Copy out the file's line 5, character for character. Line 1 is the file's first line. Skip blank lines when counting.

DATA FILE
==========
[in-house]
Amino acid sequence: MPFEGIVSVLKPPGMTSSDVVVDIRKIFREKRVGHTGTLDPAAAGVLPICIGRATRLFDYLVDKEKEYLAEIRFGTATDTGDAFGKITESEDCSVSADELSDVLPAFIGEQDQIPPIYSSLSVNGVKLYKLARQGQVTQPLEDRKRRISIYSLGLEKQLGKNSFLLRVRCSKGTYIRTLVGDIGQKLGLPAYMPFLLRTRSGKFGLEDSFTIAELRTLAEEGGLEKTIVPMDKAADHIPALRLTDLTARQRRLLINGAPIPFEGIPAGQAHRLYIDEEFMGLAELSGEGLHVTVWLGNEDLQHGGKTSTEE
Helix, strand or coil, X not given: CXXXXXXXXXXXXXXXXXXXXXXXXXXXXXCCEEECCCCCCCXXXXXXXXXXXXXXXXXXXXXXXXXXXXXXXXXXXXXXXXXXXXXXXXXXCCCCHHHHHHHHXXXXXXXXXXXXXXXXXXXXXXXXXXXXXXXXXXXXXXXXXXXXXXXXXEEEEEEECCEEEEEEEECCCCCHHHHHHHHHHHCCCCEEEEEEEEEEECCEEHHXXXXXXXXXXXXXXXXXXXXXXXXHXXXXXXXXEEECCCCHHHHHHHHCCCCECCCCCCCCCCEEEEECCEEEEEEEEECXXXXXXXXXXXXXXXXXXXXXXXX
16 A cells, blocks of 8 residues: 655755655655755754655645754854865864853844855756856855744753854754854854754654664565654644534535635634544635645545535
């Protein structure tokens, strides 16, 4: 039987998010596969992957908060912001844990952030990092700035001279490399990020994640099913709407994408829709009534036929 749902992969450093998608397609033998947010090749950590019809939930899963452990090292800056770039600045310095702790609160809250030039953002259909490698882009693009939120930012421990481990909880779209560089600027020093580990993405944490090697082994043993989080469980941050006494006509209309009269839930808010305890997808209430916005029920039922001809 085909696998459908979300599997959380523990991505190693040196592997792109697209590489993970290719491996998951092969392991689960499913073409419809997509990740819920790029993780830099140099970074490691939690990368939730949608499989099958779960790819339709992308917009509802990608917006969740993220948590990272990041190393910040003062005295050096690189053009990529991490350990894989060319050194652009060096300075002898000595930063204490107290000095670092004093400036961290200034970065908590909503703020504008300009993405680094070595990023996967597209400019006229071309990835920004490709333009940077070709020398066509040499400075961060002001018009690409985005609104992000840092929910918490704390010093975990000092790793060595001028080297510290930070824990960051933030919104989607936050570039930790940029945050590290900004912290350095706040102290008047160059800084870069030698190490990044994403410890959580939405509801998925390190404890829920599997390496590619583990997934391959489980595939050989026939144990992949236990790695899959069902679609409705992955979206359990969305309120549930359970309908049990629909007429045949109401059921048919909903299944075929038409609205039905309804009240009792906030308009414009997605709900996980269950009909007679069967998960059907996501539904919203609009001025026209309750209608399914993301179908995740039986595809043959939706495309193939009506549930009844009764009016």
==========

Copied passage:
């Protein structure tokens, strides 16, 4: 039987998010596969992957908060912001844990952030990092700035001279490399990020994640099913709407994408829709009534036929 749902992969450093998608397609033998947010090749950590019809939930899963452990090292800056770039600045310095702790609160809250030039953002259909490698882009693009939120930012421990481990909880779209560089600027020093580990993405944490090697082994043993989080469980941050006494006509209309009269839930808010305890997808209430916005029920039922001809 085909696998459908979300599997959380523990991505190693040196592997792109697209590489993970290719491996998951092969392991689960499913073409419809997509990740819920790029993780830099140099970074490691939690990368939730949608499989099958779960790819339709992308917009509802990608917006969740993220948590990272990041190393910040003062005295050096690189053009990529991490350990894989060319050194652009060096300075002898000595930063204490107290000095670092004093400036961290200034970065908590909503703020504008300009993405680094070595990023996967597209400019006229071309990835920004490709333009940077070709020398066509040499400075961060002001018009690409985005609104992000840092929910918490704390010093975990000092790793060595001028080297510290930070824990960051933030919104989607936050570039930790940029945050590290900004912290350095706040102290008047160059800084870069030698190490990044994403410890959580939405509801998925390190404890829920599997390496590619583990997934391959489980595939050989026939144990992949236990790695899959069902679609409705992955979206359990969305309120549930359970309908049990629909007429045949109401059921048919909903299944075929038409609205039905309804009240009792906030308009414009997605709900996980269950009909007679069967998960059907996501539904919203609009001025026209309750209608399914993301179908995740039986595809043959939706495309193939009506549930009844009764009016």